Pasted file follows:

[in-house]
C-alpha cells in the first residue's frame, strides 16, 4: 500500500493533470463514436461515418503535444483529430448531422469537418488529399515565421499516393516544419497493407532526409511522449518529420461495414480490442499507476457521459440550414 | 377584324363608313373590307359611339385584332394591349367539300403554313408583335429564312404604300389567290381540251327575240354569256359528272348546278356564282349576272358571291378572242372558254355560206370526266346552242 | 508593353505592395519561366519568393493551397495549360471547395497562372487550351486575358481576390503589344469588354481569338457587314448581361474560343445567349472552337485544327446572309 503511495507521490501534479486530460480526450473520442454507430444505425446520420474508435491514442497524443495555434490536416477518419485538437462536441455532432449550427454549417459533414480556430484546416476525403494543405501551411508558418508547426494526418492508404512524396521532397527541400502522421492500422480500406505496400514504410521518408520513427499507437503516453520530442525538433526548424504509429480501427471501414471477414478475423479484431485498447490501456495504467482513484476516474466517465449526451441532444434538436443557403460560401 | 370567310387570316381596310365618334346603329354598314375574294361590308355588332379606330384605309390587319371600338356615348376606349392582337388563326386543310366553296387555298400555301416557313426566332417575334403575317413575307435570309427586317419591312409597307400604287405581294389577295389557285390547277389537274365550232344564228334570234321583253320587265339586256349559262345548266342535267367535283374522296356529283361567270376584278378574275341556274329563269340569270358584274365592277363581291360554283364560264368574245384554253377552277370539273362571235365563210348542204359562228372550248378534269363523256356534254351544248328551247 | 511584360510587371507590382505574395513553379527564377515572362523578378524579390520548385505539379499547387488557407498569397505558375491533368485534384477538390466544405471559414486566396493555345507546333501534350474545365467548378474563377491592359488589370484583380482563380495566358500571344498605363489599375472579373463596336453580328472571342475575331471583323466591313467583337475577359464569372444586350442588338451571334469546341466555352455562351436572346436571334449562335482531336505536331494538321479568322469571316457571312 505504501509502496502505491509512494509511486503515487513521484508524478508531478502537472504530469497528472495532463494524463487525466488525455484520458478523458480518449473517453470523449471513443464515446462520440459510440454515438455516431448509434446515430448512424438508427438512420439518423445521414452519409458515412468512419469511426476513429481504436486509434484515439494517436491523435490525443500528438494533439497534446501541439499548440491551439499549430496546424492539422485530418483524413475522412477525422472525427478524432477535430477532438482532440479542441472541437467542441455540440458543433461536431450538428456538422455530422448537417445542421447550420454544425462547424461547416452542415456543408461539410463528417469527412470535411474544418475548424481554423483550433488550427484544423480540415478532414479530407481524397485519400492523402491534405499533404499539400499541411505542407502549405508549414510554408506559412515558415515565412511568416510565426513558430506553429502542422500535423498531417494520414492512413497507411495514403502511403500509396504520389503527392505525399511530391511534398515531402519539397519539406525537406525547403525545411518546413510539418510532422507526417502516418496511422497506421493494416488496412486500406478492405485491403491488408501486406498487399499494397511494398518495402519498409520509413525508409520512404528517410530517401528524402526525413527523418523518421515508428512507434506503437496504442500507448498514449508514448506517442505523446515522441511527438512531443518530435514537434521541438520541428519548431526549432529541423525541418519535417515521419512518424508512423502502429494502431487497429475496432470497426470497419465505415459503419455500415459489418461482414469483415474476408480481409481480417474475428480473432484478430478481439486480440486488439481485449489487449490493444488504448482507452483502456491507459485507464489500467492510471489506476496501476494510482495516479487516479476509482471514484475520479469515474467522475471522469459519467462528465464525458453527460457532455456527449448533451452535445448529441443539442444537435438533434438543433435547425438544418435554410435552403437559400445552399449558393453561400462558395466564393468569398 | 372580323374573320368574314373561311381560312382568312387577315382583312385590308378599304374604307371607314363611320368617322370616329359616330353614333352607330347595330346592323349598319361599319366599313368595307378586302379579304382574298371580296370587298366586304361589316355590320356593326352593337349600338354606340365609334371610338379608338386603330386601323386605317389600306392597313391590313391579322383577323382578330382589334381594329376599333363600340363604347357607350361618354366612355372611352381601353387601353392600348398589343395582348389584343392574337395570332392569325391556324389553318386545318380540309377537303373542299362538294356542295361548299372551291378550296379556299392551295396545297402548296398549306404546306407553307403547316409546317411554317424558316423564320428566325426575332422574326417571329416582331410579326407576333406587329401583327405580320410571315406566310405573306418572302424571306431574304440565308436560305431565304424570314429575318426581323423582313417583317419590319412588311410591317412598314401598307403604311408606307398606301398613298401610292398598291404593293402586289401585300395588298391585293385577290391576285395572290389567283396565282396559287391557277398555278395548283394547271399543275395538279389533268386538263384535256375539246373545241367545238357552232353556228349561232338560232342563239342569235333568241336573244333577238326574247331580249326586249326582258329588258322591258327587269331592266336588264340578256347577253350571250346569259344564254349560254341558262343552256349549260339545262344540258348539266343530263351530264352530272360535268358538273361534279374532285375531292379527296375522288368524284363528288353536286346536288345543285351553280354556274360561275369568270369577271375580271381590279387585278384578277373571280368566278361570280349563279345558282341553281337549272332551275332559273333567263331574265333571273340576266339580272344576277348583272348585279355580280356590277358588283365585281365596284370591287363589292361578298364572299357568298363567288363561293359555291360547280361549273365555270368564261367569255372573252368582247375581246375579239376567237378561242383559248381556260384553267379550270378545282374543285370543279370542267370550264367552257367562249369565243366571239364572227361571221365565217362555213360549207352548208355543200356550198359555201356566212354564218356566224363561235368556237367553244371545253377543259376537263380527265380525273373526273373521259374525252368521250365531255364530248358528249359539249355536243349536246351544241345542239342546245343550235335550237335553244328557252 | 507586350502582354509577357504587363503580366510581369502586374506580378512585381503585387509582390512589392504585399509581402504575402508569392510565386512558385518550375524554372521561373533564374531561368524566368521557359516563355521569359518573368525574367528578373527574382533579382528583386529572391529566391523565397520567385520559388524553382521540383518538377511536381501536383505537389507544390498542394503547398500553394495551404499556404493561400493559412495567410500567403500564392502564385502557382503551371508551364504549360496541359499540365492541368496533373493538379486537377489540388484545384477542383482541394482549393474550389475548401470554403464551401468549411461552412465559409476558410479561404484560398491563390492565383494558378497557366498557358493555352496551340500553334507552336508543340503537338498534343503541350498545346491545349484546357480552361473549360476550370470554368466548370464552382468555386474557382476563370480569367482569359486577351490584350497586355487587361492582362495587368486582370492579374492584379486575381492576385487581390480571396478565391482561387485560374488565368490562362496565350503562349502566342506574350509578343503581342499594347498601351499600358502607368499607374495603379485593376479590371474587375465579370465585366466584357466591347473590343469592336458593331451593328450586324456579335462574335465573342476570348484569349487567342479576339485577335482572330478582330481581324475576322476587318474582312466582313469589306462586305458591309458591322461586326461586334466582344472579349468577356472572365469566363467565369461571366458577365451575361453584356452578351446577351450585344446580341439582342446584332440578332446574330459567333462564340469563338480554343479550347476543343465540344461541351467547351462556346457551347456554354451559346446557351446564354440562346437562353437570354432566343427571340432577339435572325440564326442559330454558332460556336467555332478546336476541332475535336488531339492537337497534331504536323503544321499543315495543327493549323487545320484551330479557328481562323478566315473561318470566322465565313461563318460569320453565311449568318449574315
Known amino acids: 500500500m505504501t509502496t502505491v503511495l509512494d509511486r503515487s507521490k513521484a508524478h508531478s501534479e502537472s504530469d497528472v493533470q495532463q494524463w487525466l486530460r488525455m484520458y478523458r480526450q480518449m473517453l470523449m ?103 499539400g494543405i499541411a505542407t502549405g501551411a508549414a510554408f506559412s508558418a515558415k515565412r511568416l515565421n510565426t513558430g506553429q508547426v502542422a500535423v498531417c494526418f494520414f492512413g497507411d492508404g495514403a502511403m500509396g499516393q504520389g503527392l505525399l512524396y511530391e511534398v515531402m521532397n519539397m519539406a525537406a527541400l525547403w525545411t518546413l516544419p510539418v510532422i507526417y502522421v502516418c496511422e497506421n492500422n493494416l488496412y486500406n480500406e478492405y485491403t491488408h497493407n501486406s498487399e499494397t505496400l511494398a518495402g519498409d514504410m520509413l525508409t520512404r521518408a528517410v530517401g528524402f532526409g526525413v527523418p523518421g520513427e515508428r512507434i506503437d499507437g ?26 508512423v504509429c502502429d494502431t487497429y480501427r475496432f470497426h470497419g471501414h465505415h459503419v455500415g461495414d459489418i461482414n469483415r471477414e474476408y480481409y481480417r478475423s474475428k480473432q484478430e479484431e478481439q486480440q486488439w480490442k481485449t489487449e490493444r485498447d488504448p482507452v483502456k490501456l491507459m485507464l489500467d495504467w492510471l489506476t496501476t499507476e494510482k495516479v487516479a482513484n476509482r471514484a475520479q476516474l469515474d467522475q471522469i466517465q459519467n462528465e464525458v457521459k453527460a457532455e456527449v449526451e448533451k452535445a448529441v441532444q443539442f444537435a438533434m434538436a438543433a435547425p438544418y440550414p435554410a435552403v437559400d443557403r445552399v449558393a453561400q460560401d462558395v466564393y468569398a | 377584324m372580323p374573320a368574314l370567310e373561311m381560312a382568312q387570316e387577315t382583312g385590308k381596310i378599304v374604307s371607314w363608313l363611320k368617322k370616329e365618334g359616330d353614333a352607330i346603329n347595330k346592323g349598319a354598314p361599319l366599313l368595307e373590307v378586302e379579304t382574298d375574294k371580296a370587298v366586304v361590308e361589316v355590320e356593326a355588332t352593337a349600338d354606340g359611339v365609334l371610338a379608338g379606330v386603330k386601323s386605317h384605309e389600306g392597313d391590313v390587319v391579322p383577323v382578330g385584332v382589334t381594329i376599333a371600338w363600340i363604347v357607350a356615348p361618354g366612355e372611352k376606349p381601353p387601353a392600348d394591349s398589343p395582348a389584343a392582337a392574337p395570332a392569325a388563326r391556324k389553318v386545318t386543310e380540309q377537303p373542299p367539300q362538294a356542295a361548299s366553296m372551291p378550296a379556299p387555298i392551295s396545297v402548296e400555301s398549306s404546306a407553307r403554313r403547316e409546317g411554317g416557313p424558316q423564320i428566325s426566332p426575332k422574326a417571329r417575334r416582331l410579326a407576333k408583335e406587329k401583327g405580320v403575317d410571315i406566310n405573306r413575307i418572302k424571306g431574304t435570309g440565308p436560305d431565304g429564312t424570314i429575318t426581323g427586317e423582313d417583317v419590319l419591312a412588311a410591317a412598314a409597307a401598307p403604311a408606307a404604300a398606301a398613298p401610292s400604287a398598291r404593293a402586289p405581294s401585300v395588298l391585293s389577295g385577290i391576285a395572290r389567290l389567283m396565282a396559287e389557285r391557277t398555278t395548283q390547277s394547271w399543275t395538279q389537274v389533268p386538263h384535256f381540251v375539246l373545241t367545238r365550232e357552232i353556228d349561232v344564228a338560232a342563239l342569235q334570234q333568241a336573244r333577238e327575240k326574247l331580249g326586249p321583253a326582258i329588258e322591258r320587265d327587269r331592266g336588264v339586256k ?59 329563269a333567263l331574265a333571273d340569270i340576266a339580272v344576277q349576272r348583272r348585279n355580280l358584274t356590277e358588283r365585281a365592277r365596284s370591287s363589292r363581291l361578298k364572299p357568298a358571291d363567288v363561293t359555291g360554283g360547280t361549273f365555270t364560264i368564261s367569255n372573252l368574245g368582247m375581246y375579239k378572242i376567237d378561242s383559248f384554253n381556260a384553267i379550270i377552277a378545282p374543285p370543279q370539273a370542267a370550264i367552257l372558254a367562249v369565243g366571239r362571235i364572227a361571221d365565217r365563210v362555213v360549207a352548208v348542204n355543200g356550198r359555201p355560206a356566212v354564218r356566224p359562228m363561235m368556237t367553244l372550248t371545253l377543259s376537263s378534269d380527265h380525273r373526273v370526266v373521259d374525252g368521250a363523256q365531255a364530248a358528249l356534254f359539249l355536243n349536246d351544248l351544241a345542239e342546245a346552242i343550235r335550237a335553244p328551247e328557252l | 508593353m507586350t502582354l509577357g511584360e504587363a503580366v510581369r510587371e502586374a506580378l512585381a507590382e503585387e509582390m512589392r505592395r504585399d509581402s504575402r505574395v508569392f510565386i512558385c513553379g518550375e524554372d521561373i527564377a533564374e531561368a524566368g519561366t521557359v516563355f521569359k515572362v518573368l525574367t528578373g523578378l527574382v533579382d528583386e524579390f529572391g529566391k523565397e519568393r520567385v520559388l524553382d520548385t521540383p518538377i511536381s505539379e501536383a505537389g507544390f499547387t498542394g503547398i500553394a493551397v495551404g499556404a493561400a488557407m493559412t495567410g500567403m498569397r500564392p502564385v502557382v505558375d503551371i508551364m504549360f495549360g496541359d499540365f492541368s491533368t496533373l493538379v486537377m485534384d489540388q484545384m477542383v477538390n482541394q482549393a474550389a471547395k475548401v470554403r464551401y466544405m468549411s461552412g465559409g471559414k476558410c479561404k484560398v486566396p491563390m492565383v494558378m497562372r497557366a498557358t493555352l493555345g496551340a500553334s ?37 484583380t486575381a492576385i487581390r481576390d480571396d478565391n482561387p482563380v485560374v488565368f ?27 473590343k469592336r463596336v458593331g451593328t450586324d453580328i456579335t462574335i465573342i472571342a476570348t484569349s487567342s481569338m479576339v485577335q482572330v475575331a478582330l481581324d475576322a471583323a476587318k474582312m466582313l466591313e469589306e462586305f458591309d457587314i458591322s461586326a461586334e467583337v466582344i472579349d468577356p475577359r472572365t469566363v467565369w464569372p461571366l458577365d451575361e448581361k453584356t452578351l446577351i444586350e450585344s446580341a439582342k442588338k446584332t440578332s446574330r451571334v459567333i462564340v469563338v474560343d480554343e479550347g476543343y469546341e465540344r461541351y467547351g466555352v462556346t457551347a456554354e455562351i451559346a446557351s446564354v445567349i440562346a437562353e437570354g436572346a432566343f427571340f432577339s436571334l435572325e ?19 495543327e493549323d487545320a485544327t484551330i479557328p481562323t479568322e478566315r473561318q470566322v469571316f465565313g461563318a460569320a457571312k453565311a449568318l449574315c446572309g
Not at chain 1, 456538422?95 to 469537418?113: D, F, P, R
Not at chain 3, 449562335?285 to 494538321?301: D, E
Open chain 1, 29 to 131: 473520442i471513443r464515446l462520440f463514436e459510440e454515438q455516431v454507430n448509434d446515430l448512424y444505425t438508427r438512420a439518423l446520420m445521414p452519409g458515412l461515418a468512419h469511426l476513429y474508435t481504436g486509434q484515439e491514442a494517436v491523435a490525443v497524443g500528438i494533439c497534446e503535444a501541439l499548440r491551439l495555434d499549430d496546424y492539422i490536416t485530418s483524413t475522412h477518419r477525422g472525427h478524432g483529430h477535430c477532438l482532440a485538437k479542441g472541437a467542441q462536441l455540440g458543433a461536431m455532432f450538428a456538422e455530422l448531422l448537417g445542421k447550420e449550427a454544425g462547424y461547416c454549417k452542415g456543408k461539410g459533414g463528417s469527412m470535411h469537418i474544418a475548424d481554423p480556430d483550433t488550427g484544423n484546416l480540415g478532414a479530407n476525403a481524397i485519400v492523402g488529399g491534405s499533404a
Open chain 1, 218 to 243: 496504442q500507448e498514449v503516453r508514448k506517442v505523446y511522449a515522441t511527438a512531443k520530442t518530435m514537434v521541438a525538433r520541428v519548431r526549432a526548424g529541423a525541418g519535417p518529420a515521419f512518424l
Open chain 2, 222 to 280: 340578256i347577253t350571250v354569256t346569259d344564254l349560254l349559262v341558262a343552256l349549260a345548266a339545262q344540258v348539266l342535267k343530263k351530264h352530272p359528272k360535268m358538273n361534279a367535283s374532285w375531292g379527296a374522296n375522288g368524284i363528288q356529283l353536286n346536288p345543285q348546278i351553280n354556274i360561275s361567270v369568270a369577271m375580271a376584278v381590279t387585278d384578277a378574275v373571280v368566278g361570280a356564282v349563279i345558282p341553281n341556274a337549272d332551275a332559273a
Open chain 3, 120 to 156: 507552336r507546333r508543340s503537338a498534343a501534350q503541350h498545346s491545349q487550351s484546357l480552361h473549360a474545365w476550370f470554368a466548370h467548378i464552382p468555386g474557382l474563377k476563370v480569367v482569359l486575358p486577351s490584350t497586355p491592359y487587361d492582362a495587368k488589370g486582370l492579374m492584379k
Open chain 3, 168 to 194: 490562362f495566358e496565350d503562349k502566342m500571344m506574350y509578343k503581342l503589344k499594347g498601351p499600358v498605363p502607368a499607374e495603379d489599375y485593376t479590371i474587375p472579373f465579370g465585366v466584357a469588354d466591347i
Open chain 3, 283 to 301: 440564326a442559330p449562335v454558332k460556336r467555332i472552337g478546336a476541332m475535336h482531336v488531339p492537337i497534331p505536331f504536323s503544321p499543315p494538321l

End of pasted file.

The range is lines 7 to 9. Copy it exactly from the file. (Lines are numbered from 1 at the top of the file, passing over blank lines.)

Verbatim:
Open chain 1, 218 to 243: 496504442q500507448e498514449v503516453r508514448k506517442v505523446y511522449a515522441t511527438a512531443k520530442t518530435m514537434v521541438a525538433r520541428v519548431r526549432a526548424g529541423a525541418g519535417p518529420a515521419f512518424l
Open chain 2, 222 to 280: 340578256i347577253t350571250v354569256t346569259d344564254l349560254l349559262v341558262a343552256l349549260a345548266a339545262q344540258v348539266l342535267k343530263k351530264h352530272p359528272k360535268m358538273n361534279a367535283s374532285w375531292g379527296a374522296n375522288g368524284i363528288q356529283l353536286n346536288p345543285q348546278i351553280n354556274i360561275s361567270v369568270a369577271m375580271a376584278v381590279t387585278d384578277a378574275v373571280v368566278g361570280a356564282v349563279i345558282p341553281n341556274a337549272d332551275a332559273a
Open chain 3, 120 to 156: 507552336r507546333r508543340s503537338a498534343a501534350q503541350h498545346s491545349q487550351s484546357l480552361h473549360a474545365w476550370f470554368a466548370h467548378i464552382p468555386g474557382l474563377k476563370v480569367v482569359l486575358p486577351s490584350t497586355p491592359y487587361d492582362a495587368k488589370g486582370l492579374m492584379k